A patient came in after he noticed the wounds on his feet were taking a long time to heal. He also noted that he was diabetic and that oftentimes he does not notice whether his feet were hot or cold. He finally decided to see a podiatrist after worrying that some of the deep ulcerations on his feet would cause further complications, which could spread throughout his body. Thankfully, I was able to save his feet from further damage before it was too late.
According to the American Diabetes Association, 9.3% of Americans have diabetes, which affects how the human body processes glucose. Over an extended period, high glucose levels can damage the nervous system, reducing sensation in the feet.
Due to the suppression of the immune response and reduced blood flow to the feet in people with diabetes, the body may be unable to heal wounds you suffer to your feet. As sensation has already been reduced, if you aren’t checking your feet regularly, you may only realize your feet are injured once it’s too late. In addition, if left untreated, bacterial infections can lead to gangrene, which may require amputation to ensure that the infection does not spread to other parts of the body.
Let’s discuss how exactly diabetic foot problems occur, what serious foot problems are, and how you can prevent them from happening to you.
With diabetes, high blood sugar damages your body in many ways, with one part affected is your nerves. Nerve damage occurs the most in your feet and ankles, leading to several problems if left untreated.
Because you have damaged nerves, you may not feel pain in your feet, nor can you feel if your feet are hot are cold. Because of this, you may not notice that you have foot problems, which can lead to severe issues if left untreated. For example, you may not feel an infection until it’s too late.
Because blood has difficulties getting to your feet, you may have several foot problems. For example, when your blood vessels don’t deliver blood like they used to, you may develop diabetic foot ulcers, have slow wound healing, plantar fasciitis (heel pain,) gangrene, and several other foot and ankle problems.
One challenge of diabetes is that standard foot and ankle conditions can worsen due to your condition. For example, you may have athlete’s foot, corns, calluses, an ingrown toenail, rheumatoid arthritis, dry cracks, fungal toenails, blisters, and much more. As a result, you may feel extreme foot pain or ankle pain, or you may feel nothing at all.
These problems can lead to intense consequences if left untreated. For example, you may need ankle surgery, have trouble walking, and amputation can occur in extreme diabetic foot cases. In extreme cases, death may occur due to untreated foot and ankle-related conditions.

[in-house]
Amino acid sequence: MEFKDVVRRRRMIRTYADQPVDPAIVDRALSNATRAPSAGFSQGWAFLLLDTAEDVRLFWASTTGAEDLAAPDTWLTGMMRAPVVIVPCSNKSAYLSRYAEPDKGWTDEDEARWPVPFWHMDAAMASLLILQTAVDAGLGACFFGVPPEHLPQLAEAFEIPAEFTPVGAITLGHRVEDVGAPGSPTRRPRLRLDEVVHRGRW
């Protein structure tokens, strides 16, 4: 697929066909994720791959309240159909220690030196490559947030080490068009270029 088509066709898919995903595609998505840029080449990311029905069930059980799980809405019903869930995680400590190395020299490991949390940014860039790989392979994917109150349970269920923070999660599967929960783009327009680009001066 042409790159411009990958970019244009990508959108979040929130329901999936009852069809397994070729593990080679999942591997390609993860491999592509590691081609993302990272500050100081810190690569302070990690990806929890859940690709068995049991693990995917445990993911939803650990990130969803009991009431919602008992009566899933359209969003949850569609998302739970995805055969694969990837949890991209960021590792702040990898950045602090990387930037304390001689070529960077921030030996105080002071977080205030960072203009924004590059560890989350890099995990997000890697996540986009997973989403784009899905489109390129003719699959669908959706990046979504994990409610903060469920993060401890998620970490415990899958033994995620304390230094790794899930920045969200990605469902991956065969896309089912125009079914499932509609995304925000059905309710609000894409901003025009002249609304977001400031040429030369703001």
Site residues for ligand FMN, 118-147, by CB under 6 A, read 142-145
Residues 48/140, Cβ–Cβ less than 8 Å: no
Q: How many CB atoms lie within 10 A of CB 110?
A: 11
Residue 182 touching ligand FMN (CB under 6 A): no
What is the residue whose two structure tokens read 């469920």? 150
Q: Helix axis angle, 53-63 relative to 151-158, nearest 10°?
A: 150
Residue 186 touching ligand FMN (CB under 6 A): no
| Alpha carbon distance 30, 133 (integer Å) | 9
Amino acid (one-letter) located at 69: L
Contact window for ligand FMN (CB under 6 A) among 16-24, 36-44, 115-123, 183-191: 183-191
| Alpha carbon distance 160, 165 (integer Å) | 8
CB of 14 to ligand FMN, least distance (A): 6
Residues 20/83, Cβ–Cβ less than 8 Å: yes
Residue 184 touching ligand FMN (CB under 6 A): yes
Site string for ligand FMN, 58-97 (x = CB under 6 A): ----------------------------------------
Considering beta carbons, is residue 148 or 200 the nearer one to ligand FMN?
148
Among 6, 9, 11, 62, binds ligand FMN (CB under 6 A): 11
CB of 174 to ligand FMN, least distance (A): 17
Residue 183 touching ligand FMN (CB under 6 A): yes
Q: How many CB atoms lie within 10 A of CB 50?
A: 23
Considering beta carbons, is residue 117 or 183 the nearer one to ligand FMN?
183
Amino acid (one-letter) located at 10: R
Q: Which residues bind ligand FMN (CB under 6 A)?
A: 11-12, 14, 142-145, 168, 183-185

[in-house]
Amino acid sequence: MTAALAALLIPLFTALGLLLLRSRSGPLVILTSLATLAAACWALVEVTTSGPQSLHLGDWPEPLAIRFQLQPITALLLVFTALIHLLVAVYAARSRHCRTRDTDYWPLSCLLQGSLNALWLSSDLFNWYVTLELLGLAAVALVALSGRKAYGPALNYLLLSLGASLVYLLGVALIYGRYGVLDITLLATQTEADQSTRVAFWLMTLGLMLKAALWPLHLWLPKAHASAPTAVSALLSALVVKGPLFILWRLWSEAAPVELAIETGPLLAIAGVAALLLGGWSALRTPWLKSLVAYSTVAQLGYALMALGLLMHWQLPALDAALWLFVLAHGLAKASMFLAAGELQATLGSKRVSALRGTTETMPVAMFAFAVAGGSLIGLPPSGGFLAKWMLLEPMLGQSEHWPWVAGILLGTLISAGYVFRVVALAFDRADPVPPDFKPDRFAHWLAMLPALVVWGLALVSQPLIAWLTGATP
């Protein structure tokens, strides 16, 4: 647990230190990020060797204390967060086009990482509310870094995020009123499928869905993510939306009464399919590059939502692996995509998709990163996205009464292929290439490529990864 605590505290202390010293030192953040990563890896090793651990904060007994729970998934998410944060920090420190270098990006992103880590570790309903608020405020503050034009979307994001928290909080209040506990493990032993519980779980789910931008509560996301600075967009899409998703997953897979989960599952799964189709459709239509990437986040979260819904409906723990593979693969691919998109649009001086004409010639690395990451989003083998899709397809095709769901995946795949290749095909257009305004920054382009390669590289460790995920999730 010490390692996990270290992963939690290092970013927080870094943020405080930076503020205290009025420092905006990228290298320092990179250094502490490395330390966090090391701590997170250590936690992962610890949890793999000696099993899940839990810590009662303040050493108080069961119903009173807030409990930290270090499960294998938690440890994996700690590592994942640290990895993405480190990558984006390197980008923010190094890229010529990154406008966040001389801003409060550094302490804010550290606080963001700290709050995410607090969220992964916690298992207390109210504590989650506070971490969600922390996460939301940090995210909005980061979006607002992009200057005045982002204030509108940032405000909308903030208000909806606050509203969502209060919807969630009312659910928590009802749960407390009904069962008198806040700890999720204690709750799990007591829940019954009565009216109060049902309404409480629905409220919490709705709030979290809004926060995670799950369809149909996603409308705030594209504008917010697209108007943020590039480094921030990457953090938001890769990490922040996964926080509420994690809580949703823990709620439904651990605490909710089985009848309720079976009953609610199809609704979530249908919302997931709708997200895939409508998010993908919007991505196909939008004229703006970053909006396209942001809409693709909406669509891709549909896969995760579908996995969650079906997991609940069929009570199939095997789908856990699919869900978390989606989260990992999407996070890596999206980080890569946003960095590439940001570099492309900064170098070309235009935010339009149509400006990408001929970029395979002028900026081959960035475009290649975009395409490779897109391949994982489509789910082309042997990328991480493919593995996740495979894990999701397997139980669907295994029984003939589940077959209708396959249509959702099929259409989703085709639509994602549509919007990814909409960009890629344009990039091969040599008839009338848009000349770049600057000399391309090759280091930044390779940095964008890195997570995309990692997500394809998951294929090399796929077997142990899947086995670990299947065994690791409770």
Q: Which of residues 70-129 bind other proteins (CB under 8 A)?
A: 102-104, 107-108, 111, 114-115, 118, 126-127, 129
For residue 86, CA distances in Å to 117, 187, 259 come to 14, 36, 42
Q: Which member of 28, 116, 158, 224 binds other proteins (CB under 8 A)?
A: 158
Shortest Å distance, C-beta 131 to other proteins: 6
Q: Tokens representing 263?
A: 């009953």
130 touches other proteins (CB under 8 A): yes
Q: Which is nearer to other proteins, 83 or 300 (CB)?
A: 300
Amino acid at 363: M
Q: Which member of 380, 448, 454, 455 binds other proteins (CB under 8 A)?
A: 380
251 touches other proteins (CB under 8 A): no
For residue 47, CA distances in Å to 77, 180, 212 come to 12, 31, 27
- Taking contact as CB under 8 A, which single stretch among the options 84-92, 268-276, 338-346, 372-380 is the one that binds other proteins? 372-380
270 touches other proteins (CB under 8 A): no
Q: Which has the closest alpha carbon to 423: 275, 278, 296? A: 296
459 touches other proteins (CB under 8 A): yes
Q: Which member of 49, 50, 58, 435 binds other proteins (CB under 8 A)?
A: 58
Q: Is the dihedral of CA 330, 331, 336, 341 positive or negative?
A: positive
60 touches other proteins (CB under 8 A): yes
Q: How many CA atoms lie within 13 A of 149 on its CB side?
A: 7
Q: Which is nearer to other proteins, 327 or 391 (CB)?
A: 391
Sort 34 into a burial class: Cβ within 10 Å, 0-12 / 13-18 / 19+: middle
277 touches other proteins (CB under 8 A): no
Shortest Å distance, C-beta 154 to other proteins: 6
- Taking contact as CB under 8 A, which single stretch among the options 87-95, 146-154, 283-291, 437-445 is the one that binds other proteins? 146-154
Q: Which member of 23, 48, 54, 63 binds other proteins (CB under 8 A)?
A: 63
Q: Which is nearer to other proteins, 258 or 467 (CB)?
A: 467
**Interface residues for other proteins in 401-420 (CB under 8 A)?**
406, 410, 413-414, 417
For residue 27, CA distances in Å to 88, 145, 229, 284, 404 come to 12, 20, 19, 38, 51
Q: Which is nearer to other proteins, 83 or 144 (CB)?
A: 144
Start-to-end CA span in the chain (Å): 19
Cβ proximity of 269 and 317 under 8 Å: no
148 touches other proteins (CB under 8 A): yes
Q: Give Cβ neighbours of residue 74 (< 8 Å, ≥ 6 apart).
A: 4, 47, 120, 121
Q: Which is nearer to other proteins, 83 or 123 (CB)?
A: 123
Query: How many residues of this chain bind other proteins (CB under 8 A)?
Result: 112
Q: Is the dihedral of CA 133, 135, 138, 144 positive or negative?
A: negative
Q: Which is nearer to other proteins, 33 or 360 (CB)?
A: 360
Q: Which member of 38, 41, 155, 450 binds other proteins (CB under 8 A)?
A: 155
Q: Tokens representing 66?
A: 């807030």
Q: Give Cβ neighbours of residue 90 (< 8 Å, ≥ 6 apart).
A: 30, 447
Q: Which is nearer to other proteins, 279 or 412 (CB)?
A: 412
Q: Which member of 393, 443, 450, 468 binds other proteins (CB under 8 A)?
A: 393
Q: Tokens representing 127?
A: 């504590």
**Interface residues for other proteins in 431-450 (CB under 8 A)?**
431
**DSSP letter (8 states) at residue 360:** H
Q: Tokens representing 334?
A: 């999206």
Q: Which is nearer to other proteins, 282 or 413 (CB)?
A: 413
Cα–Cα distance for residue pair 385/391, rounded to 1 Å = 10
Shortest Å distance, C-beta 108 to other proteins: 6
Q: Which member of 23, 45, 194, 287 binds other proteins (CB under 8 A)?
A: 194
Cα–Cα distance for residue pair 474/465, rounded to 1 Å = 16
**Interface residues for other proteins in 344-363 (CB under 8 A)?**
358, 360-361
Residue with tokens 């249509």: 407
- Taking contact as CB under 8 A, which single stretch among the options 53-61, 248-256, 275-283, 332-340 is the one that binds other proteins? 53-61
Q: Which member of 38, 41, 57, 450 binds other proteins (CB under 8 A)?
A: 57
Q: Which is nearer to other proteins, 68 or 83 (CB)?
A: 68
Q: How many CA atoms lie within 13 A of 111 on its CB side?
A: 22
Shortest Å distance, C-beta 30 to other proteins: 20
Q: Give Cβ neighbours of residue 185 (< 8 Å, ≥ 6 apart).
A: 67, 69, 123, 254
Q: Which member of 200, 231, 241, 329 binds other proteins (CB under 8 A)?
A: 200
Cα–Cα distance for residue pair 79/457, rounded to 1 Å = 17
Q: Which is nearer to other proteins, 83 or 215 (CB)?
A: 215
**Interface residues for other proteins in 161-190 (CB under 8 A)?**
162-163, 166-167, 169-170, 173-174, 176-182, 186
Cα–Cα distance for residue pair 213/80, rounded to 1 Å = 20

Understandably, this can sound terrifying if you have diabetes. However, you can make some lifestyle changes to prevent further complications. Here are some ways you can prevent complications.
Be sure that there are no foot and ankle problems such as a foot ulcer, an infected wound, or other conditions. The leading cause of foot issues is when you don’t treat a problem before it’s too late. Sometimes, checking your feet can help with this.
The best way to prevent nerve damage and poor circulation is to check your blood sugar regularly, exercise, and follow a proper diet. While it does not entirely prevent blood circulation or foot pain issues, it can reduce or slow their progress.
To prevent any possible infections, keep your feet clean and practice wound care by disinfecting any wounds you may have. Use mild soap and avoid any harsh treatments. Also, don’t think you shouldn’t wash your feet because you haven’t been out much today; your feet can still get dirty, and through regular washing, you can prevent this.
Moisturizing can keep your feet healthy and prevent conditions associated with dry feet. However, avoid putting any lotion between your toes. Doing so may cause you to develop conditions associated with fungal infection. Instead, rub the lotion in well, and moisturize at least daily.
Besides working out, you can do this by wiggling your toes, changing your sitting positions, and moving around every so often. This can promote circulation in your feet and keep you healthy by exercising.
Diabetic socks and shoes protect your feet by reducing your risks of ulcers, sores, and other foot conditions. Alternatively, wear thick socks and shoes to prevent any foot issues. When you’re working out, be sure to use appropriate athletic shoes and other foot gear.
Podiatric care is encouraged if you want to prevent foot issues. A professional podiatrist can help you spot any warning signs of severe conditions, help you treat calluses, dry cracks, and other conditions, and help speed the healing process of foot-related issues.
If you have diabetes, you must ensure foot health by working with your podiatrist to reduce the likelihood of infection and quickly treat any infection that arises. We have experience in diabetic foot care. Our board-certified podiatrists can help you answer any questions and concerns about your feet. You only have one pair of feet and must take care of them for as long as possible.
Contact us – today to learn how we can help you protect your feet for a lifetime. We can provide a custom orthotics solution that centers around your foot needs. In addition, our expert diabetic foot care team can help your feet feel good as new.